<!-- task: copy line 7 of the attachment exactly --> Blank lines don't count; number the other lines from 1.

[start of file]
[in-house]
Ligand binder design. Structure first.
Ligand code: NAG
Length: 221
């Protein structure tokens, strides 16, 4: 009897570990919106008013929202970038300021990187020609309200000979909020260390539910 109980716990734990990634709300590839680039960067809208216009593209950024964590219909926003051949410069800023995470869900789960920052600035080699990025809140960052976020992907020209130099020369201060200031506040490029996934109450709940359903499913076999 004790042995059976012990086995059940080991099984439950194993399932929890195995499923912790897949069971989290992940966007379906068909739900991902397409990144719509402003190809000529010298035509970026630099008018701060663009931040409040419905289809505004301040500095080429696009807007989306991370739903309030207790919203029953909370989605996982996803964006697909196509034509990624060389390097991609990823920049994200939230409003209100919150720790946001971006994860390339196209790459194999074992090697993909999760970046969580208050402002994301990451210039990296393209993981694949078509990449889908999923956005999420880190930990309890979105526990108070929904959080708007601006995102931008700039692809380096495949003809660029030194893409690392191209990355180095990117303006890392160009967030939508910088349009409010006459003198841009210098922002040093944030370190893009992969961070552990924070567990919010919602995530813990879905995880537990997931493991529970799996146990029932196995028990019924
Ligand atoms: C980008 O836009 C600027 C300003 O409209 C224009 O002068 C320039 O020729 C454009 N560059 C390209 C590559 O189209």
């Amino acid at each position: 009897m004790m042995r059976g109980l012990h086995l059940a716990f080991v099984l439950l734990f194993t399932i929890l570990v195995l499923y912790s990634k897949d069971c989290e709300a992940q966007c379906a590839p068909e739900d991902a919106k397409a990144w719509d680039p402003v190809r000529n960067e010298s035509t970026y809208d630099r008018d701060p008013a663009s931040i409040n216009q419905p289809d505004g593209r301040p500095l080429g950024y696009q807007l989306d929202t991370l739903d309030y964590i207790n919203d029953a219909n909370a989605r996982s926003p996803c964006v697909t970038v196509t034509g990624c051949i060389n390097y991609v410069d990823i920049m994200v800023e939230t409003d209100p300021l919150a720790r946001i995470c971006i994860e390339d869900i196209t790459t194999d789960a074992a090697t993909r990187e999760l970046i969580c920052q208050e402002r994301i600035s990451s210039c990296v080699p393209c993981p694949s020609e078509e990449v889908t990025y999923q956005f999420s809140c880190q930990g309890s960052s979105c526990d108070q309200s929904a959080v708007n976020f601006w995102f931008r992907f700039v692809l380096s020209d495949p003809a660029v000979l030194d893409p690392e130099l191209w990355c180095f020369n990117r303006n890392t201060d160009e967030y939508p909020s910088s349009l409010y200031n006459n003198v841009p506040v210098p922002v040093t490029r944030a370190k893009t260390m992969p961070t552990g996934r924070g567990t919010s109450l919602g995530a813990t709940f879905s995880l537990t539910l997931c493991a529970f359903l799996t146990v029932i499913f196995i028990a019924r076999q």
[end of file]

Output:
């Amino acid at each position: 009897m004790m042995r059976g109980l012990h086995l059940a716990f080991v099984l439950l734990f194993t399932i929890l570990v195995l499923y912790s990634k897949d069971c989290e709300a992940q966007c379906a590839p068909e739900d991902a919106k397409a990144w719509d680039p402003v190809r000529n960067e010298s035509t970026y809208d630099r008018d701060p008013a663009s931040i409040n216009q419905p289809d505004g593209r301040p500095l080429g950024y696009q807007l989306d929202t991370l739903d309030y964590i207790n919203d029953a219909n909370a989605r996982s926003p996803c964006v697909t970038v196509t034509g990624c051949i060389n390097y991609v410069d990823i920049m994200v800023e939230t409003d209100p300021l919150a720790r946001i995470c971006i994860e390339d869900i196209t790459t194999d789960a074992a090697t993909r990187e999760l970046i969580c920052q208050e402002r994301i600035s990451s210039c990296v080699p393209c993981p694949s020609e078509e990449v889908t990025y999923q956005f999420s809140c880190q930990g309890s960052s979105c526990d108070q309200s929904a959080v708007n976020f601006w995102f931008r992907f700039v692809l380096s020209d495949p003809a660029v000979l030194d893409p690392e130099l191209w990355c180095f020369n990117r303006n890392t201060d160009e967030y939508p909020s910088s349009l409010y200031n006459n003198v841009p506040v210098p922002v040093t490029r944030a370190k893009t260390m992969p961070t552990g996934r924070g567990t919010s109450l919602g995530a813990t709940f879905s995880l537990t539910l997931c493991a529970f359903l799996t146990v029932i499913f196995i028990a019924r076999q």